Pupil Premium and recovery premium
The Secretary of State for Education sets out the following terms and conditions on which assistance is given in relation to the Pupil Premium Grant (PPG) payable to schools and local authorities.
PPG provides funding for two policies:
- raising the attainment of disadvantaged pupils of all abilities to reach their potential
- supporting children and young people with parents in, or have retired from, the regular armed forces.
The allocations descriptions are:
- Pupils in year group’s reception to year 6 as recorded as Ever 6 FSM (Current funding £1,345)
- Looked after children (LAC) defined in Children Act 1989 as one who is in the care of, or provided with accommodation by the local authority (Current funding £2345)
- Children who have ceased to be looked after by a local authority in England and Wales because of adoption, a special guardianship order, a child arrangements order or a residence order (Current funding £2300)
- Pupils in year groups reception to year 11 recorded as Ever 6 service child or in receipt of child pension from the Ministry of Defence (Current funding £310)
We therefore aim to use our funding to raise achievement and improve outcomes for pupils.
The Pupil Premium funding is used in a variety of ways in in school, in order to improve pupil attainment and to help overcome any barriers to learning.
Our specific strategy for the Pupil Premium and Recovery Premium for 2021/2022 is located here.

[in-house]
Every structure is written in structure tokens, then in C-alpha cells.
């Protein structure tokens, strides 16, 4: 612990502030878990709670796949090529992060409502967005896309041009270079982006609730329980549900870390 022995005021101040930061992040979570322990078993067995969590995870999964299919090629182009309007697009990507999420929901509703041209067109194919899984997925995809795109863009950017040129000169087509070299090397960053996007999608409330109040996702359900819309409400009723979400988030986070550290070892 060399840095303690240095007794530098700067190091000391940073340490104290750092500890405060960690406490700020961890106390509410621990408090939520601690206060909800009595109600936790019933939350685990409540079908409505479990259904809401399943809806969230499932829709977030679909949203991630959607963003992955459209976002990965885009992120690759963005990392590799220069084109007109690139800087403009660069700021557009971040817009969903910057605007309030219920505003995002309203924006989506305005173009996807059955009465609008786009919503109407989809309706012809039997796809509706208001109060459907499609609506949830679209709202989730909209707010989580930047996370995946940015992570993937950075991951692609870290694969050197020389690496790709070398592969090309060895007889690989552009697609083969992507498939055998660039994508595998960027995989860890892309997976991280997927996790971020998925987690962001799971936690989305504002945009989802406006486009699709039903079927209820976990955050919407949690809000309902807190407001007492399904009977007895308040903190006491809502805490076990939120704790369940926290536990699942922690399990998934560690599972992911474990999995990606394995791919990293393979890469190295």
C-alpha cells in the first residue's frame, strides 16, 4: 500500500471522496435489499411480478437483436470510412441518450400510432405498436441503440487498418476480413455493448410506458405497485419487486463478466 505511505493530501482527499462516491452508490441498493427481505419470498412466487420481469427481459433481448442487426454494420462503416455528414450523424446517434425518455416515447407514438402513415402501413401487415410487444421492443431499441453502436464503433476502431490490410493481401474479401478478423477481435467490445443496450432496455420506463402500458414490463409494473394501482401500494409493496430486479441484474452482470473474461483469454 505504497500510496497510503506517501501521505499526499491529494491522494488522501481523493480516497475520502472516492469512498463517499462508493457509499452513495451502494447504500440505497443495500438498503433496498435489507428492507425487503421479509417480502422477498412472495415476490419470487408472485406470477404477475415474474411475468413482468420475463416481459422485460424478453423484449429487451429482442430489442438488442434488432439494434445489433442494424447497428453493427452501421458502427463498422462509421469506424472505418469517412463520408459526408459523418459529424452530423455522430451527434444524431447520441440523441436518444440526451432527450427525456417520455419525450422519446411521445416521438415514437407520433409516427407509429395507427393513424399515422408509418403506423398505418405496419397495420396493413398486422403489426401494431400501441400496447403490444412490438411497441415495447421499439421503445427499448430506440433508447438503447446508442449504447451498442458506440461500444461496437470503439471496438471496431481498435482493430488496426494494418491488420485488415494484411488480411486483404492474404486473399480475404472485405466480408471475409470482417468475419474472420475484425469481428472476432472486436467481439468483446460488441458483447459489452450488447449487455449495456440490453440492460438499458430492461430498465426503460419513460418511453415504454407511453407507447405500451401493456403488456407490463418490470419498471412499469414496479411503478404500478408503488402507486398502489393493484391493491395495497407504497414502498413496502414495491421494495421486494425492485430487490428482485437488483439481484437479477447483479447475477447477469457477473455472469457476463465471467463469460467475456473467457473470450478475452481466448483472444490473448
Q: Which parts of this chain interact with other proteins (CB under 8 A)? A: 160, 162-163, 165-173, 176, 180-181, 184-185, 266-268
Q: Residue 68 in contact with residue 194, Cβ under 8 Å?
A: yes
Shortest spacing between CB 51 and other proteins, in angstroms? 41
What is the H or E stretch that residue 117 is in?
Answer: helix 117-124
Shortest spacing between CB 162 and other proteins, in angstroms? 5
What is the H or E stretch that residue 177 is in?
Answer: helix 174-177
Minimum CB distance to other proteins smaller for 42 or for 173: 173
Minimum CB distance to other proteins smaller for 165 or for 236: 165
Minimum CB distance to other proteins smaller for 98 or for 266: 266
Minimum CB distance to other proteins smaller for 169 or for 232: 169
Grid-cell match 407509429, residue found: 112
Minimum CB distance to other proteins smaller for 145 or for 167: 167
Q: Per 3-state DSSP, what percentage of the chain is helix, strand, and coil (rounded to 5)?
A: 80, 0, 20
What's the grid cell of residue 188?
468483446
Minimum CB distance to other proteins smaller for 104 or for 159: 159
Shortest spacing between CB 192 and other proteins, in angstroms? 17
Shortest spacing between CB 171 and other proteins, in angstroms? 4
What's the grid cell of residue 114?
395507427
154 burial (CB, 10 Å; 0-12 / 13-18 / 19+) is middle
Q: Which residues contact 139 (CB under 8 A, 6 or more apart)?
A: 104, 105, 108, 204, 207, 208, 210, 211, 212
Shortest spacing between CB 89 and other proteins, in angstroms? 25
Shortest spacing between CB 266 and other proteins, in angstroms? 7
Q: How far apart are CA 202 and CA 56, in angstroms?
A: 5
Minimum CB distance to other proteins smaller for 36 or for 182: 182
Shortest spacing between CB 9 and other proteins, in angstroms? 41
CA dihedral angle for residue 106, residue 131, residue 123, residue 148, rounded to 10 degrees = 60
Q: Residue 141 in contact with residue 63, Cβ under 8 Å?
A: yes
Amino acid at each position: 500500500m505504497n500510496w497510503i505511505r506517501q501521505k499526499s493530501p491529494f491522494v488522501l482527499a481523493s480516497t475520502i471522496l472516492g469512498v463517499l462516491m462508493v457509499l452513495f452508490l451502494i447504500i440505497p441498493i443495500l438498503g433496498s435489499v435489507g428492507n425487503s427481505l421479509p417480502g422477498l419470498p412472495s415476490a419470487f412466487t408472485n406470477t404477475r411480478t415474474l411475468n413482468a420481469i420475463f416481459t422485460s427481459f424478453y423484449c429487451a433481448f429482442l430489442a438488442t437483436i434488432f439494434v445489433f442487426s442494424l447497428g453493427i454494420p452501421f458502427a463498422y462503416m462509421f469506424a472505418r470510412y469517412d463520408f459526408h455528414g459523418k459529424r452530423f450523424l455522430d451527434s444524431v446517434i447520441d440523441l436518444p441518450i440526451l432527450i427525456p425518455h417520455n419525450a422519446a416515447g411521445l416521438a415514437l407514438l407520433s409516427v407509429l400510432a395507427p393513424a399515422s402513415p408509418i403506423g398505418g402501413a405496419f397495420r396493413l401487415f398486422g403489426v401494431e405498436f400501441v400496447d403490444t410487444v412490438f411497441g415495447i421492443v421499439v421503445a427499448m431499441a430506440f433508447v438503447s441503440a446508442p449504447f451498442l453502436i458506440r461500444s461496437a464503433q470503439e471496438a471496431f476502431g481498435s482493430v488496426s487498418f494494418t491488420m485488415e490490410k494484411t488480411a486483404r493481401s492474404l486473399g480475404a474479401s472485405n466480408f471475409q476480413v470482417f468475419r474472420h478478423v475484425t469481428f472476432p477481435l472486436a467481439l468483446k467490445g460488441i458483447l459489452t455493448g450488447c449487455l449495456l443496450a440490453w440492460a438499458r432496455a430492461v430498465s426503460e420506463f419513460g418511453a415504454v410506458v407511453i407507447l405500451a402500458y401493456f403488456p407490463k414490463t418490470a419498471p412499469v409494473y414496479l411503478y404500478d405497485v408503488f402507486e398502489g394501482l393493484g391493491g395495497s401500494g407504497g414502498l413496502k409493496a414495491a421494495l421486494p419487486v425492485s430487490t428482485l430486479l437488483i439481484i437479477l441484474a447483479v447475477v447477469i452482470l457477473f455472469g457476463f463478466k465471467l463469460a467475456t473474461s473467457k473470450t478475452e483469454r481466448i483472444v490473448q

We believe in maximising the use of the pupil premium grant (PPG) by utilising a long-term strategy aligned to the SDP. This enables us to implement a blend of short, medium and long-term interventions, and align pupil premium use with wider school improvements and improving readiness to learn.
Overcoming barriers to learning is at the heart of our PPG use. We understand that needs and costs will differ depending on the barriers to learning being addressed. As such, we do not automatically allocate personal budgets per pupil in receipt of the PPG. Instead, we identify the barrier to be addressed and the interventions required, whether in small groups, large groups, the whole school or as individuals, and allocate a budget accordingly.
Setting priorities is key to maximising the use of the PPG. Our priorities are as follows:
- Ensuring an ‘outstanding’ teacher is in every class
- Closing the attainment gap between disadvantaged pupils and their peers
- Providing targeted academic support for pupils who are not making the expected progress
- Addressing non-academic barriers to attainment such as attendance and behaviour
- Ensuring that the PPG reaches the pupils who need it most
Barriers to future attainment
Academic barriers to attainment
Non-academic barriers to attainment
Low levels of literacy
Poor language and communication skills
‘Outstanding’ teaching not present in every classroom
Lack of parental engagement
Lack of targeted support
Arriving at school hungry and not ready to learn